School of Conflict Management, Peacebuilding and Development

Academics / MS in Conflict Management: Program Overview

The Master of Science in Conflict Management


MSCM Program Description
Cohort Format
Experiential Learning

MSCM Program Description

Conflict Management education addresses the issues that divide our world by encouraging communication, fostering positive relationships and developing comprehensive, long-term solutions. It enhances the safety and vitality of groups or families, communities and workplaces.

Conflict management is also a set of tools and a way of thinking that can help not only prevent conflict, but effectively engage it once it arises. Conflict management education teaches the various ways people choose to react when confronted with conflict situations and the effect of those reactions on potential outcomes. Studying conflict is really about learning skills which can provide the ability to respond in ways that help prevent and manage conflict by reducing ineffective responses.

The primary objective of the MSCM is to produce students who:

  1. Understand the nature of conflict from the perspective of multiple disciplines
  2. Understand the continuum of responses to conflict
  3. Possess the necessary skills to facilitate the management of various types of conflict
  4. Demonstrate the ability to analyze and research conflict in an organizational environment
  5. Demonstrate the ability to design conflict intervention procedures and strategies appropriate to a particular situation or environment
  6. Demonstrate the ability to evaluate the efficacy of a given intervention or system of interventions
  7. Successfully participate in conflict management on a particular level in one or more specific environments.

The Master’s program prepares students to identify and pursue opportunities for a new career based on conflict management expertise. The MSCM also provides students with enhanced credentials to pursue career advancement in an existing work environment.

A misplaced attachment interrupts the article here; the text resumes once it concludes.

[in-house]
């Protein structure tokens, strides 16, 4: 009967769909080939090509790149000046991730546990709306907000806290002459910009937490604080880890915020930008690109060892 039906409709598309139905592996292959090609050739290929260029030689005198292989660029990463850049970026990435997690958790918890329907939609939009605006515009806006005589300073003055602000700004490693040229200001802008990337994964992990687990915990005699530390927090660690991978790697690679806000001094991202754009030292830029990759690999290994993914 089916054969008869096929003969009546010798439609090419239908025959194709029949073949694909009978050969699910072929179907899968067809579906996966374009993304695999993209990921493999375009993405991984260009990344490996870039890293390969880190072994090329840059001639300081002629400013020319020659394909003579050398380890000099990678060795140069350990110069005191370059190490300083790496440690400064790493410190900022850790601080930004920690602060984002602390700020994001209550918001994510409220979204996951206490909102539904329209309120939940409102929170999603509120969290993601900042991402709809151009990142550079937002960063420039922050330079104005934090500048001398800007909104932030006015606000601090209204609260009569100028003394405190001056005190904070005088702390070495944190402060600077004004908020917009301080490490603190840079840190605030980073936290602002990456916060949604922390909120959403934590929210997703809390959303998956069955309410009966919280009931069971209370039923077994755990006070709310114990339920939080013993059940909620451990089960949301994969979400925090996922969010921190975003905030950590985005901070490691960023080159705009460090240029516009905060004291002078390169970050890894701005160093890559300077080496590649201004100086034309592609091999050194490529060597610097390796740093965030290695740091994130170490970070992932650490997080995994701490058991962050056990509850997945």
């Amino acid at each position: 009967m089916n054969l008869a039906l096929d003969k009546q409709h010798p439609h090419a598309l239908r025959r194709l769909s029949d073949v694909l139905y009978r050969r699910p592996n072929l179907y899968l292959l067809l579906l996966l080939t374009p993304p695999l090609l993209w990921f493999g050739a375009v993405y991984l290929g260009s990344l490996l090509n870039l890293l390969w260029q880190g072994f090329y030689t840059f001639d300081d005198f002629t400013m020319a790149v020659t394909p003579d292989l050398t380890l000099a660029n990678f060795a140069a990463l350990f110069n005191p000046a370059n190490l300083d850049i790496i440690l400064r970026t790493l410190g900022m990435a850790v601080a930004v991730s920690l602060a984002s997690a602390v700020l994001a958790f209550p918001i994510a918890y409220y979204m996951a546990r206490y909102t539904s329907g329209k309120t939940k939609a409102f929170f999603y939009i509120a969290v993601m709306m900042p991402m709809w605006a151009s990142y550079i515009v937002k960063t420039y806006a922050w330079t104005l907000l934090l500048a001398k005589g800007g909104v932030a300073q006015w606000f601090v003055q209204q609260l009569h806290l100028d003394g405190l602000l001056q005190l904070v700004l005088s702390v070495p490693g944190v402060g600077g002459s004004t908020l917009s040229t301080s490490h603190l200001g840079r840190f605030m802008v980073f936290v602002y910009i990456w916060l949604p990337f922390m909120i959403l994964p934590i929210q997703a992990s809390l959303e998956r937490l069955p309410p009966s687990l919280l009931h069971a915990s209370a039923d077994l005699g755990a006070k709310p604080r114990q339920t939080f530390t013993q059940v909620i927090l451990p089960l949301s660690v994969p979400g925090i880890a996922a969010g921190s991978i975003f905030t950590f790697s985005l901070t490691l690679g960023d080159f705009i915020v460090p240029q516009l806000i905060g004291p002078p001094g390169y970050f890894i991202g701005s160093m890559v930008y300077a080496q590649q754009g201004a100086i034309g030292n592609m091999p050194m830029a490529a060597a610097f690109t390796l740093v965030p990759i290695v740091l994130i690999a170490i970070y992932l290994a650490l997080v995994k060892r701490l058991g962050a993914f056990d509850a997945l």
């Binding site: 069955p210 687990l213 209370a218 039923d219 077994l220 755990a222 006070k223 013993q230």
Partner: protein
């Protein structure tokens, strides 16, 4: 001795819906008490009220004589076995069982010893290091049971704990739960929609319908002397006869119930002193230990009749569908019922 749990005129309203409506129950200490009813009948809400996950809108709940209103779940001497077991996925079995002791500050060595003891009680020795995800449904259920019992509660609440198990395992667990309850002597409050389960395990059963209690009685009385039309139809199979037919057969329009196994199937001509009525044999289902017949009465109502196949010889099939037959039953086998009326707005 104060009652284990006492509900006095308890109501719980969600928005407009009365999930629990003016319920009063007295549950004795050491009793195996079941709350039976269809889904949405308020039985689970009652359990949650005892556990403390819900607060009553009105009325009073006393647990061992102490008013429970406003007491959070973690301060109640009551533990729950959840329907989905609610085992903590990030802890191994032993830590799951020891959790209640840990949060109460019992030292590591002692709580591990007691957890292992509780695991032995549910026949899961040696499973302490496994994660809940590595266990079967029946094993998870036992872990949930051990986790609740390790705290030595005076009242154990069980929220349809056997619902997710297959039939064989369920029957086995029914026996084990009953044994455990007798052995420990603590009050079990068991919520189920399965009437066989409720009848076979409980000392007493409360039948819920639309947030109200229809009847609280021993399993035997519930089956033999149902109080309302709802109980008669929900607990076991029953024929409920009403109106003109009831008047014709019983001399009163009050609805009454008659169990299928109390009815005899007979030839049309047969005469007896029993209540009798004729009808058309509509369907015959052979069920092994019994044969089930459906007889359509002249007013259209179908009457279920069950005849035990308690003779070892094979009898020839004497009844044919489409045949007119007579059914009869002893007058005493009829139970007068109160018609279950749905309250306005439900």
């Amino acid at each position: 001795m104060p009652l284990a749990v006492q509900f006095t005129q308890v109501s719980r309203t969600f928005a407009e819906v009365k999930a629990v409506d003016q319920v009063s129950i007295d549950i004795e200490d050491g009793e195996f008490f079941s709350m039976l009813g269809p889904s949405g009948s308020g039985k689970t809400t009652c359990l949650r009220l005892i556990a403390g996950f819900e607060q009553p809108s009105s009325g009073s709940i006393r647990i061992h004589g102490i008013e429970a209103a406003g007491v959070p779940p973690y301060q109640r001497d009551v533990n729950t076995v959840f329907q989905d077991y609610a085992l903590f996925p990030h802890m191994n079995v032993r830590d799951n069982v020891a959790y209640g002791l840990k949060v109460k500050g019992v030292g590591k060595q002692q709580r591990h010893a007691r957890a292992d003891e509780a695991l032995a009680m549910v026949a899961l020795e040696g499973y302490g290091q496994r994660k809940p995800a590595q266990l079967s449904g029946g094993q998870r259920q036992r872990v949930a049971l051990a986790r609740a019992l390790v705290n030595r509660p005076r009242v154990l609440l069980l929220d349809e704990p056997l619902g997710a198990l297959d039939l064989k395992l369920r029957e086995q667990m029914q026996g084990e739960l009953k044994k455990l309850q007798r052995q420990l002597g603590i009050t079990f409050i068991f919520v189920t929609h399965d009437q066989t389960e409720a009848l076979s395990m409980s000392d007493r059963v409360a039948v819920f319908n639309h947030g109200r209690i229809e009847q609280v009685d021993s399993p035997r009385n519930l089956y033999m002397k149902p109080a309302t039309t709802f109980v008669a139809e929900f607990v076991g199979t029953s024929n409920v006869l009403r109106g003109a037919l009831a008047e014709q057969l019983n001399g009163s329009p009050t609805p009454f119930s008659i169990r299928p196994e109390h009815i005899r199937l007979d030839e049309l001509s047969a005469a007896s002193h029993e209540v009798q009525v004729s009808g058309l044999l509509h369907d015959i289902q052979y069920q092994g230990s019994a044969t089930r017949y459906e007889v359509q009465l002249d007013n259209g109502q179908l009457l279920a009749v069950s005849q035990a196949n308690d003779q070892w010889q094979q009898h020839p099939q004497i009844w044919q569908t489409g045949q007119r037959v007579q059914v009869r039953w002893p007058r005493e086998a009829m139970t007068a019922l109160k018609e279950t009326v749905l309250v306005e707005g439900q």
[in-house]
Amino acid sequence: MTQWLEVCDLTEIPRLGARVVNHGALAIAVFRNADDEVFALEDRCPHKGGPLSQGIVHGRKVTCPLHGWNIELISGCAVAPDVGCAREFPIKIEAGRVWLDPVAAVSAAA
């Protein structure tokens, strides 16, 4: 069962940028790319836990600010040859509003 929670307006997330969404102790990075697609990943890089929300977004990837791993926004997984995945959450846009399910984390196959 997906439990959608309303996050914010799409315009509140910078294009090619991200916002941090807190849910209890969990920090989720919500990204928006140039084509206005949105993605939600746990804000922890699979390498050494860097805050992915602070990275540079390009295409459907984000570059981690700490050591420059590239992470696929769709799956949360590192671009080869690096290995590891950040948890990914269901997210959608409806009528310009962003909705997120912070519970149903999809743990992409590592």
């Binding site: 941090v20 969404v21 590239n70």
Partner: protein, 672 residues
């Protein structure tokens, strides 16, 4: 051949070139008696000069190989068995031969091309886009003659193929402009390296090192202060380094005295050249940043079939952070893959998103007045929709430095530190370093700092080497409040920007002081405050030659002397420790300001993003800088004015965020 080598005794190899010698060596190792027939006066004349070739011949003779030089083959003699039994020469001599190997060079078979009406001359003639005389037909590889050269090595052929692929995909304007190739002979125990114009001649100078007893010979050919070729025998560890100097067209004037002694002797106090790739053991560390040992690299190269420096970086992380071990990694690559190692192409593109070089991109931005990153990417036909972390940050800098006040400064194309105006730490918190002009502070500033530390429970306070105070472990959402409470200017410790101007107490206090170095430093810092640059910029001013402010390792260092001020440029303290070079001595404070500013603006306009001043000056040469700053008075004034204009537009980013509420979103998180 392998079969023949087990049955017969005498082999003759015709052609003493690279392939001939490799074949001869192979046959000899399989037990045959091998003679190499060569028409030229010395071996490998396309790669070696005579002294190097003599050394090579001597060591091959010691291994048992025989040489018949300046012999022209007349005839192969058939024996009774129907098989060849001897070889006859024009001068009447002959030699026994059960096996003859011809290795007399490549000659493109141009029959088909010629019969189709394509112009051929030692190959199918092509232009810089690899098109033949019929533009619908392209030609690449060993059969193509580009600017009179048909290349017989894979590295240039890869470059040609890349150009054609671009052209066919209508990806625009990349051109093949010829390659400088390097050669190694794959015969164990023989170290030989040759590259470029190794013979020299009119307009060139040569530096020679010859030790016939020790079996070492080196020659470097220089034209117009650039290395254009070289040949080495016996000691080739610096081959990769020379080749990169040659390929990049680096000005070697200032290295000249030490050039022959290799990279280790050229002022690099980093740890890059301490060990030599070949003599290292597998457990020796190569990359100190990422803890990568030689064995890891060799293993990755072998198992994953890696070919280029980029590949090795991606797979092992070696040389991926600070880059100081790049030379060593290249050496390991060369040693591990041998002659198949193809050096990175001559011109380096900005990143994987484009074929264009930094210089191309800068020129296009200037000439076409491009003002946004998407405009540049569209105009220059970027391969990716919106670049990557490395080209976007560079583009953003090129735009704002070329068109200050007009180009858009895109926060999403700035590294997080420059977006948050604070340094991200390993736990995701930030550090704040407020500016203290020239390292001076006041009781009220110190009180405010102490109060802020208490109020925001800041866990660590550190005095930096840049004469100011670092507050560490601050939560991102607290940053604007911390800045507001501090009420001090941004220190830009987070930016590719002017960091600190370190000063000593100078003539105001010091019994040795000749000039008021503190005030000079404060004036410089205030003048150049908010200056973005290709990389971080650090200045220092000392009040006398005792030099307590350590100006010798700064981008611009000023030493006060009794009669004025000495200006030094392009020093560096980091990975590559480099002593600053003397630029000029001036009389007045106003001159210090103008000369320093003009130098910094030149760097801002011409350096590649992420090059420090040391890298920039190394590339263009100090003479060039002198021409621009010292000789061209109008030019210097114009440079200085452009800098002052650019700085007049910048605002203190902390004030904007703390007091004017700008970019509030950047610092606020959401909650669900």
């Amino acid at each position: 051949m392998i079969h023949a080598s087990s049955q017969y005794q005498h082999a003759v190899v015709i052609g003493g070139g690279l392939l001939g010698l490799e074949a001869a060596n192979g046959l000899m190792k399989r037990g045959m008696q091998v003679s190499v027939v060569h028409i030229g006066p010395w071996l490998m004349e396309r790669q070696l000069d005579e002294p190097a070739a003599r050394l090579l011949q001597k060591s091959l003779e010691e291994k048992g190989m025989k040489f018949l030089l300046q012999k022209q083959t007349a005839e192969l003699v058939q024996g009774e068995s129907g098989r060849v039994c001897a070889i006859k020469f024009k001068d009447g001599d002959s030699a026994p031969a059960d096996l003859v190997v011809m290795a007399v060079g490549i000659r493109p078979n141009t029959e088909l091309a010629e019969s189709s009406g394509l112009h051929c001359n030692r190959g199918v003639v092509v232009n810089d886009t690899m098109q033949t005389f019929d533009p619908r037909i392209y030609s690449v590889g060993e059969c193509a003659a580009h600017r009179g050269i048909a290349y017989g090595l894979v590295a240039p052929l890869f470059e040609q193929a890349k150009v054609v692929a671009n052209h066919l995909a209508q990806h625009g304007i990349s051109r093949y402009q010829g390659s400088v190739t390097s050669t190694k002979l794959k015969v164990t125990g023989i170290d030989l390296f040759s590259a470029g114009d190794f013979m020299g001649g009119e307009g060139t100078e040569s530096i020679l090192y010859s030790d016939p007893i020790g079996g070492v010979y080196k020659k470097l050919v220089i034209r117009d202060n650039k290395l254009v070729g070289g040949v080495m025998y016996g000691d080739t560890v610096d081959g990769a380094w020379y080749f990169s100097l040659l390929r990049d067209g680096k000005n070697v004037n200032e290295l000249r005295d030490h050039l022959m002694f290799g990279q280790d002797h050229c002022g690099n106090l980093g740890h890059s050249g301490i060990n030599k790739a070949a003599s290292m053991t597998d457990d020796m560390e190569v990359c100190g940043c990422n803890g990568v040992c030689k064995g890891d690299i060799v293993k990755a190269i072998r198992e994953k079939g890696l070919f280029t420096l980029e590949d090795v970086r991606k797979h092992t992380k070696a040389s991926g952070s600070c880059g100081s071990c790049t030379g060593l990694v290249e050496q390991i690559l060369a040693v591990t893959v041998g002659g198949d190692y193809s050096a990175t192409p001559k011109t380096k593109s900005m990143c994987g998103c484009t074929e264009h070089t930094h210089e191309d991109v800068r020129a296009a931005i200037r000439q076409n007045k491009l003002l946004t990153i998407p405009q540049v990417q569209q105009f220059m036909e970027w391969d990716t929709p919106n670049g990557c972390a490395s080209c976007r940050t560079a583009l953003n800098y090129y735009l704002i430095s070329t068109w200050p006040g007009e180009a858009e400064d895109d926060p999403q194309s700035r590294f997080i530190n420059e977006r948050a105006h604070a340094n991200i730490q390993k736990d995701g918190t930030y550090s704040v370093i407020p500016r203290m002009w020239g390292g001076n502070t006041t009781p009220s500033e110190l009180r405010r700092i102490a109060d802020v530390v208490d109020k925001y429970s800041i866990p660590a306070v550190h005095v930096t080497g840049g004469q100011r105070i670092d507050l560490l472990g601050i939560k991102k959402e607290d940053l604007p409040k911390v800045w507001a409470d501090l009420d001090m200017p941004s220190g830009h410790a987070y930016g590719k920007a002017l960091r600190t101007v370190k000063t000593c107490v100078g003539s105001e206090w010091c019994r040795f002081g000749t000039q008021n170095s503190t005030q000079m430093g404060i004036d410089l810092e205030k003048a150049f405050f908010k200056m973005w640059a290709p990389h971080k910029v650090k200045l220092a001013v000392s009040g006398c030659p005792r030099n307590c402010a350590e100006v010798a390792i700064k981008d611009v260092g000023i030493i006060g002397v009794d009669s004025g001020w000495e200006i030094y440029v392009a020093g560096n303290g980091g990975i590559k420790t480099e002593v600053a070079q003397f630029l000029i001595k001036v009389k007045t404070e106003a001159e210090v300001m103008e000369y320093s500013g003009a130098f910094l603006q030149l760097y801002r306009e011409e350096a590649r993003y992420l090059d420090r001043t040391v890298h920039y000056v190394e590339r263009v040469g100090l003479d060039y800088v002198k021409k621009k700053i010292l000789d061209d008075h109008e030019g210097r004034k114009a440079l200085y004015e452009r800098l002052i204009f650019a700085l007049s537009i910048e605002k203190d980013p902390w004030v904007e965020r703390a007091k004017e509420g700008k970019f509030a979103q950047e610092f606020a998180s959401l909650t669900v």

The Cohort Environment and Executive Modular Format

The MSCM operates a Cohort learning model for the study of conflict, admitting a limited number of students to each incoming group each fall.

Taking classes with the same group of students from program start to finish creates a unique and enriching learning environment.Cohort peers challenge one another and share insights from their respective diverse professional backgrounds to contribute to classroom learning.

In a typical MSCM Cohort, over 20 undergraduate academic backgrounds are represented, several students already hold an advanced degree, approximately 20% of the students are international (often having come to us directly from a conflict zone), and multiple languages and ethnicities are represented. Such diversity in the classroom provides opportunities for enriching dialogue and discussion.

The MSCM program is a full-time, 16-month graduate course of study, but caters to professionals' schedules. Classes are held every other weekend, Friday from 3-8 pm and Saturday from 8:30 am - 3:30 pm.

The Cohort takes one class at a time for a total of 9 credit hours each semester. For example, students complete the Conflict Theory course in 2.5 weekends, and then progress to the next course, Negotiation Theory.

Experiential Learning

Kennesaw State Master of Science in Conflict Management faculty members are quite diverse in their research and practice areas, including environmental, public policy, international, court-related, workplace, non-profit arenas and more. Our faculty facilitates lively discussion and interaction in the classroom, and link theory to practice by using "real-life" examples of their work, and involve students in projects of research and practice whenever possible.

In addition, the MSCM builds in over 100 hours of applied skills-training clinics into the curriculum. These clinics provide students the opportunity to further translate theory into practice. MSCM students are afforded the opportunity to gain first-hand experience in conflict work in either a domestic or international setting through the Field Experience course in the final semester.

Domestic options for this trip provide the opportunity to travel to a conference, training or cross-cultural experience. Past options for this trip have included attending the Association for Conflict Resolution Annual Conference, the American Bar Association Section on Dispute Resolution Conference, visiting conflict management offices in Washington, D.C., and Ombuds training.

International options in the past have included visiting the UN School for Peace in Costa Rica, attending classes at the European Peace Institute in Stadtschlaining, Austria, a cross-cultural trip to Egypt, an ADR-focused trip to Barbados, a study of the Middle East conflict in Israel and Palestine, and studying "The Troubles" in Northern Ireland and Ireland.

Details regarding trip options for each Cohort are made available during the second semester of the program. The domestic options are generally 4-5 days in length, and the international trips are usually 7-10 days.